I do not think that Ravenna, until now has received its due as a major city in history.She played an extensive role in the transformation of the Roman world and Herrin introduces us to characters that she imbues with great empathy. Her extensive research allows her to brings us characters who are very real. The focus is from the fifth to eighth centuries during which Ravenna “reconceptualizes what was ‘East’ and what was ‘West.’”

 Weread of the city and the people who shaped it. Ravenna was a  rival of Rome, a Byzantine outpost in the West, and a model for Charlemagne’s imperial aspirations.

“Where Joy Resides: A Christopher Isherwood Reader” edited by Don Bachardy and James P. White— An Introduction to Isherwood

Isherwood, Christopher. “Where Joy Resides: A Christopher Isherwood Reader”, edited by Don Bachardy and James P. White and with an introduction by Gore Vidal,  Picador Reprint, 2020.

An Introduction to Isherwood

Amos Lassen

“Where Joy Resides: A Christopher Isherwood Reader” is a wide-ranging collection of fiction and nonfiction and a perfect introduction to the author’s writings.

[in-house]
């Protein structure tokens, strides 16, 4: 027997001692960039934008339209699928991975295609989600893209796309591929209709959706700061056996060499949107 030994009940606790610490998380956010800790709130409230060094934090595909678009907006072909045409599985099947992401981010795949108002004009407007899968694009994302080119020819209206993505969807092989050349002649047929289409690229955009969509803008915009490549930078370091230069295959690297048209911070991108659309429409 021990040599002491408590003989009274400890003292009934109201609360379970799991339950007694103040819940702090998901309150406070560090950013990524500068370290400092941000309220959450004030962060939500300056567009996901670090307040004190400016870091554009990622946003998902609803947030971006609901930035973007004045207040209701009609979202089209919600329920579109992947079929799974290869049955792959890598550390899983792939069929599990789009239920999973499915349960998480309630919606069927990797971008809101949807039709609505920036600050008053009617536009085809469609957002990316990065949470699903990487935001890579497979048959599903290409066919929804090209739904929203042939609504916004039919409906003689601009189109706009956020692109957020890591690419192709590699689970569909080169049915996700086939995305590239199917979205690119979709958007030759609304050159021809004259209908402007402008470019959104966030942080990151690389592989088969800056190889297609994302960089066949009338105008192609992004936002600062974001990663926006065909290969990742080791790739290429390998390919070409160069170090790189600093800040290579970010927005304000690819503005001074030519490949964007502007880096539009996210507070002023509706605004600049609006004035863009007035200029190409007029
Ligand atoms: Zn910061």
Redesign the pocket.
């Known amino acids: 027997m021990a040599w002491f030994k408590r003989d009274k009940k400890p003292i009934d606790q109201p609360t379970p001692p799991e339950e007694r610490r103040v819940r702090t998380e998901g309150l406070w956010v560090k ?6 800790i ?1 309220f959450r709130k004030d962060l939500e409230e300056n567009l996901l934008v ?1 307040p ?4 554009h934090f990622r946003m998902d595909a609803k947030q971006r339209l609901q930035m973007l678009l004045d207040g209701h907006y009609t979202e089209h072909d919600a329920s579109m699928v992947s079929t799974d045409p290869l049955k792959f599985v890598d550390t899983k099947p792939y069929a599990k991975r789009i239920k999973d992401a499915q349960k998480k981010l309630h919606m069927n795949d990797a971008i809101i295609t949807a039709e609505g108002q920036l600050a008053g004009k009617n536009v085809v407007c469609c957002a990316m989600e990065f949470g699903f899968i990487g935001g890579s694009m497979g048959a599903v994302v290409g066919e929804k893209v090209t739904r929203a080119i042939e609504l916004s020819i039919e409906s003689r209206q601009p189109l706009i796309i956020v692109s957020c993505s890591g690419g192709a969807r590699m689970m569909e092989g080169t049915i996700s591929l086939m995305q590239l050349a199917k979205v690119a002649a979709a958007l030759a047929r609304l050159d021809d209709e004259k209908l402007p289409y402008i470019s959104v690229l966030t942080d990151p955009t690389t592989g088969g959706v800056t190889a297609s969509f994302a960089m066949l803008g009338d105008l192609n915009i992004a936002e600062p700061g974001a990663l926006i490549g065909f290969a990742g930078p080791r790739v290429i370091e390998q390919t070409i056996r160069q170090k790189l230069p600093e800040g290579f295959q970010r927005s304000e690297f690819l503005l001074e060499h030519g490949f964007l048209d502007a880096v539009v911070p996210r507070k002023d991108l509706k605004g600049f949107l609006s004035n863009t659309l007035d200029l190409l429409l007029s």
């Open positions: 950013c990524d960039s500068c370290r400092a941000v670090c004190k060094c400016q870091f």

The quotation from Stevenson that is the title of the book is placed as the epigraph to this selection of works by Isherwood. Included here are selections that span Isherwood’s  life as a writer from the early days in Berlin to the last days in Hollywood. Editors Don Bachardy and James P. White include the short novel “A Single Man” as the final selection. It is considered to be the finest of Isherwood’s novels and that one whose style and content delineate an ending to life and art in a beautiful way. The other selections in the book include fictional, biographical, critical and spiritual writings that help the reader get a picture of Isherwood’s life from his own creations.

We see how he imagined a world of love and freedom in an era when that life was hidden in ways that are difficult to comprehend in the twenty-first century. His friend Gore Vidal, to whom Isherwood dedicated A Single Man, states in his introduction: “throughout Christopher’s life and work – and he made the two the same – he never ceased to attempt the impossible: to say exactly what a thing was and how it struck him in such a way that the reader might grasp it as he himself did, writer and reader as one in the ultimate collusive act of understanding.” 

This selection of his works captures that and presents it to readers everywhere.